Spring Garden (Pittsburgh)
|Neighborhood of Pittsburgh|
Row houses on hilly Itin Street afford a powerful view of the skyline.
|• Total||0.275 sq mi (0.71 km2)|
|• Density||3,200/sq mi (1,200/km2)|
Spring Garden is a small neighborhood on Pittsburgh, Pennsylvania's North Side. It takes its name from Spring Garden Avenue, which follows the floor of the valley that separates the two adjacent hilltop neighborhoods of Spring Hill and Troy Hill. Like those neighborhoods, Spring Garden was initially settled by the descendants of Germans and Austrians who had immigrated from Europe to East Allegheny in Allegheny City. These initial residents of Spring Garden worked in slaughterhouses, rendering factories, and tanneries located in this valley neighborhood. 
A 1974 report by Pittsburgh's Department of Urban Planning explained that "Historically, this neighborhood because of its location and convenience for industrial expansion out of the valley floor from the East North Side, has been of mixed industrial and residential uses. Today, the industrial uses are becoming marginal due to the age and lack of room to expand. This has left mostly row type residential uses to survive along the narrow streets on the valley floor and hillsides."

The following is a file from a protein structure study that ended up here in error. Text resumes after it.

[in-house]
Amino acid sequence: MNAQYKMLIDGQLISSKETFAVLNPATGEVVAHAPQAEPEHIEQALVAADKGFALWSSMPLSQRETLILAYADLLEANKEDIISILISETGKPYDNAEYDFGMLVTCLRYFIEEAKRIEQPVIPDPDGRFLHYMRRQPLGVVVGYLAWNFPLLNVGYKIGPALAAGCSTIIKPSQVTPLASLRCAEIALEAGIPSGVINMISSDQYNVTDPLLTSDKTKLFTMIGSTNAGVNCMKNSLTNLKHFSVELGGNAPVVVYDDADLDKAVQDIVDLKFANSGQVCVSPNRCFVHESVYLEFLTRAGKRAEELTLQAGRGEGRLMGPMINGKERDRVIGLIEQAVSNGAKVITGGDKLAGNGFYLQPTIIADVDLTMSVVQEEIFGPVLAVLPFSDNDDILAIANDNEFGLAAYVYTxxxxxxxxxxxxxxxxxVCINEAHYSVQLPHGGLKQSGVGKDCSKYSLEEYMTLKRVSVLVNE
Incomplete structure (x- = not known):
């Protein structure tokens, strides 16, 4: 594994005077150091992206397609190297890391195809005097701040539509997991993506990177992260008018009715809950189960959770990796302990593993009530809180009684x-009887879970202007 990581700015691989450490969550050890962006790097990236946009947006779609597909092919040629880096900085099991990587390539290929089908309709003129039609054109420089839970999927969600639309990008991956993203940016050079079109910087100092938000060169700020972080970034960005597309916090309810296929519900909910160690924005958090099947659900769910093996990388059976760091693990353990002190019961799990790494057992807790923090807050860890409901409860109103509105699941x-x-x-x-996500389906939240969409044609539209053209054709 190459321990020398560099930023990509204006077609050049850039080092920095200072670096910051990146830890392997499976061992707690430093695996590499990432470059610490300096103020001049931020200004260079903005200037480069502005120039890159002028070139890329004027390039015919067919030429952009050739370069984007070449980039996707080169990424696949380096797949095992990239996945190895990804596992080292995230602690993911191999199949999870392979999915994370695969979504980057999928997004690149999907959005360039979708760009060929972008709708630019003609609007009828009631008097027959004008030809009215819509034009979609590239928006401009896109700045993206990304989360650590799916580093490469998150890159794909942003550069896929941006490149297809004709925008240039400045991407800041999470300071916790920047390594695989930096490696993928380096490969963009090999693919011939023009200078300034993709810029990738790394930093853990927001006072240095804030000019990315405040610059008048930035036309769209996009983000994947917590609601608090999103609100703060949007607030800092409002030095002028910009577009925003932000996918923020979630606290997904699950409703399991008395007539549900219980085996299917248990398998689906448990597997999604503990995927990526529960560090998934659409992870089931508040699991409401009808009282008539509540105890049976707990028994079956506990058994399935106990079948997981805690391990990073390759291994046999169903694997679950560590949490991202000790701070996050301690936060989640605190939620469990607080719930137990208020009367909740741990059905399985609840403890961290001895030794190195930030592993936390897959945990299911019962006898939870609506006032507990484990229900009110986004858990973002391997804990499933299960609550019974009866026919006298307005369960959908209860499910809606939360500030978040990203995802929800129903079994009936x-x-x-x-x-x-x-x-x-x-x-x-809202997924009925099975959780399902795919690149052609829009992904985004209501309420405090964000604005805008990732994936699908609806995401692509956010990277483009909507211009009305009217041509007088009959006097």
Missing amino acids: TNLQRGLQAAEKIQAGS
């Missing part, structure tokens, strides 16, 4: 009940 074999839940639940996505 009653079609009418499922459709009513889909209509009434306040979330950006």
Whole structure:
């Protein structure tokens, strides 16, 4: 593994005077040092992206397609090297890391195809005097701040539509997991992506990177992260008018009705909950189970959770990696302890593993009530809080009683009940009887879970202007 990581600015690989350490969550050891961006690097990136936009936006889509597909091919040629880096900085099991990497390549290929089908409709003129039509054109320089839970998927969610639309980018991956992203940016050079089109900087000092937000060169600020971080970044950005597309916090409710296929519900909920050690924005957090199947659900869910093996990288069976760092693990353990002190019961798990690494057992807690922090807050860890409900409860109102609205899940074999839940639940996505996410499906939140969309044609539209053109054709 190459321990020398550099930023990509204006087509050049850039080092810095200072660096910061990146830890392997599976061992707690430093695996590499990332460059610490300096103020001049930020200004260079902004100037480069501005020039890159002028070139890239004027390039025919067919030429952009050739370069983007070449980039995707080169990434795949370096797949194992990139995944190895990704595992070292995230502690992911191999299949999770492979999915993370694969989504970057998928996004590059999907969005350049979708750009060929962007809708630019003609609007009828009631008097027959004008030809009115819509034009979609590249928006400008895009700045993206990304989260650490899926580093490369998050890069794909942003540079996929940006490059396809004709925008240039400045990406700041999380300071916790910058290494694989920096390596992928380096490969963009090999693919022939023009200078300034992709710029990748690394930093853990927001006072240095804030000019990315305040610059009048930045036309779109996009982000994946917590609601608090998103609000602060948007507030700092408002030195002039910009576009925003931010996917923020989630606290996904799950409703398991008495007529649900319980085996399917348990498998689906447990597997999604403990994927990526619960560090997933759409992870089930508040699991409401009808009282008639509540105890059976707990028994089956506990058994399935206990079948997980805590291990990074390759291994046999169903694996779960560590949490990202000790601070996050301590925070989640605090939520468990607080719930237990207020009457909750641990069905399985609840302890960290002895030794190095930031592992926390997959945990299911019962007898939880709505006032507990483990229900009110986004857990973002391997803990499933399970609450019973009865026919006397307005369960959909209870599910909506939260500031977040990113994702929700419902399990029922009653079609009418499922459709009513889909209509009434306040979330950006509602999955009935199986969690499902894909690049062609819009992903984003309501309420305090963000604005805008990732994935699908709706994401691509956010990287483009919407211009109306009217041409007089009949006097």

Between 1974 and 2010, the neighborhood's population changed in several respects. In 1974 the neighborhood housed about 2,000 people and about 5% of the houses were vacant.  In 2010, the neighborhood's population had declined to about 800 people and about 25% of the houses were vacant. 
Surrounding Pittsburgh neighborhoods
- "PGHSNAP 2010 Raw Census Data by Neighborhood". Pittsburgh Department of City Planning PGHSNAP Utility. 2012. Retrieved 28 June 2013.
- "North Side: Spring Garden". Bridging the Urban Landscape. Carnegie Library of Pittsburgh.
- "Spring Hill" (PDF). Neighborhood Profiles. City of Pittsburgh Department of Urban Planning.
- "Spring Garden" (PDF). Pittsburgh Neighborhood Atlas.
- "Spring Garden" (PDF). City of Pittsburgh Neighborhood Profiles – Census 2010 Summary File. University (of Pittsburgh) Center for Urban and Social Research.
- "Pittsburghtransit.com - The Routes - PCC Operation". August 28, 2005. Archived from the original on August 28, 2005. Retrieved August 9, 2009.
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